A decadeslong public housing lawsuit has nearly come to an end.
More than 50 years ago, public housing residents filed a lawsuit against the Chicago Housing Authority, claiming the CHA preserved racial segregation in the city by purposely keeping African-Americans away from “opportunity areas.” The lawsuit is named after the lead plaintiff in that case – the late Dorothy Gautreaux – who, along with others, won the case against the CHA.
The CHA agreed to a settlement that U.S. District Court Judge Marvin Aspen approved Wednesday.
“(Gautreaux’s) lawsuit against CHA and (the U.S. Department of Housing and Urban Development) led to the Gautreaux Order compelling fair housing in all communities. The lifting of that order, which has now been replaced with a settlement agreement, is a sign of the progress we have made together as a city,” their statement reads.
Under the agreement, the CHA is obligated to maintain its schedule for planning and construction of its “Plan for Transformation”; develop housing for low-income families in mixed-income communities, or “opportunity areas”; strengthen its voucher program; and create early learning childhood development programs at four public housing complexes.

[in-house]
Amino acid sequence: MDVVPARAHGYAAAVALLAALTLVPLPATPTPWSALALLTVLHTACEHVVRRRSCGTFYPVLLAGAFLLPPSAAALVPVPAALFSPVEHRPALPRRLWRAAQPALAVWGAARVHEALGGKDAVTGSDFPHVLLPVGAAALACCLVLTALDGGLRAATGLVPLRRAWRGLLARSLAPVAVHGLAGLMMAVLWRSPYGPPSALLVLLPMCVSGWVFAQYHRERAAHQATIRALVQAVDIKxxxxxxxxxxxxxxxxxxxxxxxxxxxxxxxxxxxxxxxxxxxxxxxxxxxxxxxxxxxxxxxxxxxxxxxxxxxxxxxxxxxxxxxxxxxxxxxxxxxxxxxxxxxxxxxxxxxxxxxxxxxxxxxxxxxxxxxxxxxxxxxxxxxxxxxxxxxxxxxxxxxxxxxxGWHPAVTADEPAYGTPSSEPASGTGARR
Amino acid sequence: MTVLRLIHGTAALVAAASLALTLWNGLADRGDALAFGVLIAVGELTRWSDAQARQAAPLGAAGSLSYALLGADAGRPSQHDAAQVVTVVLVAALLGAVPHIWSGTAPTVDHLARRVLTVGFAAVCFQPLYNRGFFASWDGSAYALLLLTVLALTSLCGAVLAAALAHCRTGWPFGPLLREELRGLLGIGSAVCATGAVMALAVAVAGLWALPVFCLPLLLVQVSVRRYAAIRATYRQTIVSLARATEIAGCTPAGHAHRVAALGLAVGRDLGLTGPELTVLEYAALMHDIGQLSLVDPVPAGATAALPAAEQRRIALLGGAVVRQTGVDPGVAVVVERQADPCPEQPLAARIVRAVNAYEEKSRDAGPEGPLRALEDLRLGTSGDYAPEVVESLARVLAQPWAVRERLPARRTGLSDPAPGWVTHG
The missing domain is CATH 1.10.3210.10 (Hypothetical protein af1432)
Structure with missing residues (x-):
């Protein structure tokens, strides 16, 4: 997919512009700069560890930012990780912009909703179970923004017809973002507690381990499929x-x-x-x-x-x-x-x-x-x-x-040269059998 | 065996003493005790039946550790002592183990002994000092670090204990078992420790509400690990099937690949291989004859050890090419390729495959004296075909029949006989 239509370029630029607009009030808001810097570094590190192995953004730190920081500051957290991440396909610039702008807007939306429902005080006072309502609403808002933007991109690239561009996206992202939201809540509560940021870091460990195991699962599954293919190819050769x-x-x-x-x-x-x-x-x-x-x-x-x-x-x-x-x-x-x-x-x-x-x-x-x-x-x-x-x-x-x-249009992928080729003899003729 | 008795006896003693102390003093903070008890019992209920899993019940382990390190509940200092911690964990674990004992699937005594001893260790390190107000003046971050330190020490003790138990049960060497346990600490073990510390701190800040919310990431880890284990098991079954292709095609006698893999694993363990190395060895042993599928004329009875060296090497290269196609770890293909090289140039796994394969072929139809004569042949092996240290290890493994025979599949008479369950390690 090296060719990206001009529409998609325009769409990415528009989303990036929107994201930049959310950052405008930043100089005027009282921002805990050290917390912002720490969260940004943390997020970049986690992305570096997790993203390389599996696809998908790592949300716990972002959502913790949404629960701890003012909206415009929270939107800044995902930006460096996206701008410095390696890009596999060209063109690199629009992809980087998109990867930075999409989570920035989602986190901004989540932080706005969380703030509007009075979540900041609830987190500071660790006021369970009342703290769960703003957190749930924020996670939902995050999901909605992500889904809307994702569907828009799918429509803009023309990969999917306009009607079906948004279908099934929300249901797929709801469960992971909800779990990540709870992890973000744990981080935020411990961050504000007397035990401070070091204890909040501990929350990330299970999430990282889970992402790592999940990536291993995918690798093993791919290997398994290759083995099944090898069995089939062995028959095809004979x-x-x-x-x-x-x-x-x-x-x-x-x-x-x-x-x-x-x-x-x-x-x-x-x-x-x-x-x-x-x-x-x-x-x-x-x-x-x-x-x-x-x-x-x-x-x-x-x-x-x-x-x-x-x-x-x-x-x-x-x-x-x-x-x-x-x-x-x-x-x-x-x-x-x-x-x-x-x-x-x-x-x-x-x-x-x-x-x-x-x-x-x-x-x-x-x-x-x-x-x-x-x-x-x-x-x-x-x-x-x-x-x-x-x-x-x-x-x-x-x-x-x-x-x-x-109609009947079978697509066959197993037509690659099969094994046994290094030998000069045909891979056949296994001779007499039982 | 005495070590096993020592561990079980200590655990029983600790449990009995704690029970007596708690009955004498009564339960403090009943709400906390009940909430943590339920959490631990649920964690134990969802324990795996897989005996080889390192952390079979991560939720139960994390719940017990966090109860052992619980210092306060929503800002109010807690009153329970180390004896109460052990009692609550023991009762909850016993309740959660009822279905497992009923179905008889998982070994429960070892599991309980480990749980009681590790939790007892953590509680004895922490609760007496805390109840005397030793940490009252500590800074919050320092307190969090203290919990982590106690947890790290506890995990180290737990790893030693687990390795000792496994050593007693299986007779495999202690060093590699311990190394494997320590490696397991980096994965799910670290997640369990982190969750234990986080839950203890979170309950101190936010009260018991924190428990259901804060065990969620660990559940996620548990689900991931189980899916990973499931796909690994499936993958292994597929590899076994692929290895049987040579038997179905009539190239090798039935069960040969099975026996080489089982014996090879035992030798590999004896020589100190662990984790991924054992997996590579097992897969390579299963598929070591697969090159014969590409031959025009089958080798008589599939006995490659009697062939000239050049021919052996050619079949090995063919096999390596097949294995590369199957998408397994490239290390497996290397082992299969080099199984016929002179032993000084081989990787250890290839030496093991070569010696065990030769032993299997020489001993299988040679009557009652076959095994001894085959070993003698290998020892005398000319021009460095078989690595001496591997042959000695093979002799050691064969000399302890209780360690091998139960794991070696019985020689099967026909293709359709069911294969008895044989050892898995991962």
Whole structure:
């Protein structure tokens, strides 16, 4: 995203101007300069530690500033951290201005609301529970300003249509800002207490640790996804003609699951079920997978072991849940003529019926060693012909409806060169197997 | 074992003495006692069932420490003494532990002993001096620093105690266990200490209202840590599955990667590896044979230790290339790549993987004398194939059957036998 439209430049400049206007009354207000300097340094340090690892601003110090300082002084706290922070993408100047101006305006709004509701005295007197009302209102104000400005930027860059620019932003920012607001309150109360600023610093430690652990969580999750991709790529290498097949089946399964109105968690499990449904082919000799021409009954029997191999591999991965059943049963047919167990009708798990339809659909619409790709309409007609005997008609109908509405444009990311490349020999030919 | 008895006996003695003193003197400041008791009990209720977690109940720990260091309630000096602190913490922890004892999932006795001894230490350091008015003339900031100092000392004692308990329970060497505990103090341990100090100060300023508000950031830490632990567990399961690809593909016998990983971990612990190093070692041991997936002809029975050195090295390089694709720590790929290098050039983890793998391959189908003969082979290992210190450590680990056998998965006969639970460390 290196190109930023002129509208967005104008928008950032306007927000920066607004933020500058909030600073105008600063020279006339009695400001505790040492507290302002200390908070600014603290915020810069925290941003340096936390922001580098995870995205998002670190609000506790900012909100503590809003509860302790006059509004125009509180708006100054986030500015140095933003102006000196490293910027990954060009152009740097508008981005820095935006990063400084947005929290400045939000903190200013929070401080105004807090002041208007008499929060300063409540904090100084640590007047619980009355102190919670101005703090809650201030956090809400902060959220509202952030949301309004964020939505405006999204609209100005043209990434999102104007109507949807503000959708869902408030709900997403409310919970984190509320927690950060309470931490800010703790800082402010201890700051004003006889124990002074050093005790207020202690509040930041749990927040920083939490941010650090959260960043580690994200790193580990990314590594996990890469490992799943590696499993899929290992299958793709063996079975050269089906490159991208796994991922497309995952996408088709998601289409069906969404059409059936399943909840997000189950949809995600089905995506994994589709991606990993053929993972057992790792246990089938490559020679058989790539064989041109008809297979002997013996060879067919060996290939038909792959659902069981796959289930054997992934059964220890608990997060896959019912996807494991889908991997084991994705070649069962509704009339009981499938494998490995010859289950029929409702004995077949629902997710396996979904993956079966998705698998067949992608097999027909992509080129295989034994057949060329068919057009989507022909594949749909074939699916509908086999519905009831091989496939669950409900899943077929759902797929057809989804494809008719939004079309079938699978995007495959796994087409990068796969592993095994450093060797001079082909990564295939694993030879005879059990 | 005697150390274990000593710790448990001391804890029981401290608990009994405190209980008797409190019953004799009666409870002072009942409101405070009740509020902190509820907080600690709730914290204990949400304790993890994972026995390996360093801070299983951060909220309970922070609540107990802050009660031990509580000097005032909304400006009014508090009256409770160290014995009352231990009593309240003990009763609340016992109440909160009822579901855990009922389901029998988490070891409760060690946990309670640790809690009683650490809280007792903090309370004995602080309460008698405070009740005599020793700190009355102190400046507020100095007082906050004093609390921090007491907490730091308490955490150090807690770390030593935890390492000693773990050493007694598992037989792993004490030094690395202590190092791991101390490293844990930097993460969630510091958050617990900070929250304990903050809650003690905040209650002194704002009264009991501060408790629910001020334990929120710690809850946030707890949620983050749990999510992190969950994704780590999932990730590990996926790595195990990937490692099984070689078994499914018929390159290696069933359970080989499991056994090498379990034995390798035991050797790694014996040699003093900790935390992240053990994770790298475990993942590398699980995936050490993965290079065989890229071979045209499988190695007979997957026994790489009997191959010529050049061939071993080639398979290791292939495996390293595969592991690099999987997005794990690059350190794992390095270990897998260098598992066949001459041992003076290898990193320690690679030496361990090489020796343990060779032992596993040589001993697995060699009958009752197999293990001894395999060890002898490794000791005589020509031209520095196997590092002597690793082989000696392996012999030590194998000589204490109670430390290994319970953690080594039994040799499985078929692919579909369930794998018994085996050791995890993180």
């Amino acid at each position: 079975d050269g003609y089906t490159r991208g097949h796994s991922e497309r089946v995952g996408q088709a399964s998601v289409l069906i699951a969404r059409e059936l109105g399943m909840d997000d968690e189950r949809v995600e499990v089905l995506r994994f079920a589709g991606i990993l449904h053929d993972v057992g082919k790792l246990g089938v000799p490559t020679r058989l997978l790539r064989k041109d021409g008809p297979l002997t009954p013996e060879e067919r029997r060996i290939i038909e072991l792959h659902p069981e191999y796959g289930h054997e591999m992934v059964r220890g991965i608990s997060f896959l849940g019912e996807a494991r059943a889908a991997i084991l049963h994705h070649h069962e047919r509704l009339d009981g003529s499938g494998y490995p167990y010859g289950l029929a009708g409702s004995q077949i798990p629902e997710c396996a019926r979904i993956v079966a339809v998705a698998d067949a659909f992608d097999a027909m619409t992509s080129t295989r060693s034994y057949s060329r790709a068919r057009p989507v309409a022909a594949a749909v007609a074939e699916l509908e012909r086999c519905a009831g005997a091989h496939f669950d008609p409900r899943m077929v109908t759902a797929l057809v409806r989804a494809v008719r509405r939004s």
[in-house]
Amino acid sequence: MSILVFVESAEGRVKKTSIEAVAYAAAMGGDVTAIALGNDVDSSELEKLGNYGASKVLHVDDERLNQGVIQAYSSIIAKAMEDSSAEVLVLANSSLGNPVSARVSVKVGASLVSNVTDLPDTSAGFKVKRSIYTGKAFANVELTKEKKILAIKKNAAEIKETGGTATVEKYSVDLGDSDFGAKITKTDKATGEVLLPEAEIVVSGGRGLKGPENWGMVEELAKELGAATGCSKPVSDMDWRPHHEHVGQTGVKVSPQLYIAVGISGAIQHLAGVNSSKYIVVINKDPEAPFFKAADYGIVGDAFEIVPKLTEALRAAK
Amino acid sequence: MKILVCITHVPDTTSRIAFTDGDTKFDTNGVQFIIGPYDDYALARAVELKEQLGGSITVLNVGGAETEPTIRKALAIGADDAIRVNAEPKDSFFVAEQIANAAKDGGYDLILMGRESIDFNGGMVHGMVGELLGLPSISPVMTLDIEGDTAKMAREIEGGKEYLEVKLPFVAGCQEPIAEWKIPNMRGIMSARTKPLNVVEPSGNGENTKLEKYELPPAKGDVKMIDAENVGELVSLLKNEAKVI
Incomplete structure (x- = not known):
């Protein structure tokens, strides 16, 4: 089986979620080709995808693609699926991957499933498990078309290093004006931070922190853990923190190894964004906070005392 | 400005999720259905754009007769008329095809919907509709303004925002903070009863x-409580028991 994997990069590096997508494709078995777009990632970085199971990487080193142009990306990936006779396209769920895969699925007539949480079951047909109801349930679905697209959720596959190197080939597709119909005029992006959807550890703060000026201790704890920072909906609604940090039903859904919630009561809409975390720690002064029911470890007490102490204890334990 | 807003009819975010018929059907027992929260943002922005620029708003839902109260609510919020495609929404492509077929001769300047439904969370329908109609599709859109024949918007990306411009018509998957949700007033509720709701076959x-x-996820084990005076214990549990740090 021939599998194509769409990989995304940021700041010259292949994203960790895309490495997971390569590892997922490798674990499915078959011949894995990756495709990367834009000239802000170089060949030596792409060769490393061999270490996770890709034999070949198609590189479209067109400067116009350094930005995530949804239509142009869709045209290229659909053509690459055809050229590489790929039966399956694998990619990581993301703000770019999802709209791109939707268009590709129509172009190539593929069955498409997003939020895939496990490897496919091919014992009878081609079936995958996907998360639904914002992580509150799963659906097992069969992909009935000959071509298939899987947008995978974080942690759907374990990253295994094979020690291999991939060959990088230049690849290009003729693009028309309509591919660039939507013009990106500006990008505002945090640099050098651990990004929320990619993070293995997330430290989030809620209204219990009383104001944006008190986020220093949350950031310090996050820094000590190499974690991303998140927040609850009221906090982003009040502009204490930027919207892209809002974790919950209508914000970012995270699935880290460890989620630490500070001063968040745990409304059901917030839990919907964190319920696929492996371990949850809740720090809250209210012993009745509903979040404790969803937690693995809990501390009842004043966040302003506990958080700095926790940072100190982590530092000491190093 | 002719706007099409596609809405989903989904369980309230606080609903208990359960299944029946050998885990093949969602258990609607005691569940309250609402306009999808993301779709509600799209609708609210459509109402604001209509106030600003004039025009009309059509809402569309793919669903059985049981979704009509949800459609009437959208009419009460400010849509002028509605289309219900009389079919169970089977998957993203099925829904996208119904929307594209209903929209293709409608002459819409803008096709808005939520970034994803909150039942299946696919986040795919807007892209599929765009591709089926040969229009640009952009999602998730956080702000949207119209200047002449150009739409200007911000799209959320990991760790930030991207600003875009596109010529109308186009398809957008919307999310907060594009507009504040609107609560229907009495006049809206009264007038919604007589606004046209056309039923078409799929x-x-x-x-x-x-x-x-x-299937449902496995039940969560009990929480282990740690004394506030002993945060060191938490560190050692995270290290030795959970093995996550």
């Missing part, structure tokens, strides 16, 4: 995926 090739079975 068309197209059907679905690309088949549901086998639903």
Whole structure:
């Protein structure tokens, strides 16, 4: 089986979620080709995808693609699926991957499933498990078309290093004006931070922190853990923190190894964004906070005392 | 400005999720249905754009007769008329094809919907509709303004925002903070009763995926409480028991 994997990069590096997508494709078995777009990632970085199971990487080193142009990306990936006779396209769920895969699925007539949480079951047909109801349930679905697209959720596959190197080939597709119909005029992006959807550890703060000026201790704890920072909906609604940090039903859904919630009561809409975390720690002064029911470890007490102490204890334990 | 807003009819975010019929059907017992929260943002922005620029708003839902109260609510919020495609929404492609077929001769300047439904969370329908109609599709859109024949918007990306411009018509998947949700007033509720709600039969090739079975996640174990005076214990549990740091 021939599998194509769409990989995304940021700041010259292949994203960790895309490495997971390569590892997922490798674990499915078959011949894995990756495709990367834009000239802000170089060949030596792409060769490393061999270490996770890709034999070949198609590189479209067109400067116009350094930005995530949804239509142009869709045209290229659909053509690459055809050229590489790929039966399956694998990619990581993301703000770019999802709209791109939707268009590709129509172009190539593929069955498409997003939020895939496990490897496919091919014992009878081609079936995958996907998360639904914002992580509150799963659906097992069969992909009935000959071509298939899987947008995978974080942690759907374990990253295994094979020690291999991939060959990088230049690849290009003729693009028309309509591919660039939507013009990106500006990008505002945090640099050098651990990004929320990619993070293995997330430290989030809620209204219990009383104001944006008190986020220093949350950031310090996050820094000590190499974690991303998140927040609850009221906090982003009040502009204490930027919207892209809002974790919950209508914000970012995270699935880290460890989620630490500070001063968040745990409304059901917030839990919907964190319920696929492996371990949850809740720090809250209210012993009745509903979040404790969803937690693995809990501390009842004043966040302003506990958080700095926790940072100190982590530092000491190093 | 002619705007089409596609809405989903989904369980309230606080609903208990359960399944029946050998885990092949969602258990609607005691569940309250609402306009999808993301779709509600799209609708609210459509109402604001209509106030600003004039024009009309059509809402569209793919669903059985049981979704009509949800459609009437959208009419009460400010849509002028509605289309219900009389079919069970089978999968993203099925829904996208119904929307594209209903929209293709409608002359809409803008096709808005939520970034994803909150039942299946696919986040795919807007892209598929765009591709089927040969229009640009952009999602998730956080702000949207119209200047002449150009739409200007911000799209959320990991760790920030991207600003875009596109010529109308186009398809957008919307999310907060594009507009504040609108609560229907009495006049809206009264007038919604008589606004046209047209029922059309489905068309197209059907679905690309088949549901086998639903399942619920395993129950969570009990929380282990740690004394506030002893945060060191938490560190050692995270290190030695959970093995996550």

The tasks must be completed by July 31, 2024, and if they are, Gautreaux v. Chicago Housing Authority will officially come to an end.
“We’re grateful to Judge Aspen for approving this settlement, which we believe provides considerable benefits to public housing residents, while providing CHA with a reasonable path forward and an eventual end to court supervision,” said Alexander Polikoff , co-director of the public housing section at Business and Professional People in the Public Interest, or BPI, in a statement.
Polikoff has served as lead counsel in the case since it was first brought to court in 1966.
During a Jan. 8 appearance on “Chicago Tonight,” Polikoff said after having worked on the case since its inception, the agreement means “we’ve reached a point today that I’m very happy about.”
“CHA is a different organization than it was back then. They’re working hard … to do the kinds of things that need to be done,” he said. “I think by the middle of 2024 when the settlement agreement ends, we’ll all look back when it will be 55 years and go, ‘Hey, this was a pretty good run.’”
Aspen’s approval comes after a Jan. 17 hearing for CHA residents and those on waiting lists to voice their thoughts on the settlement.
More than 10 parties appeared and submitted comments, along with members of Gautreaux’s family who sought a settlement approval, according to BPI.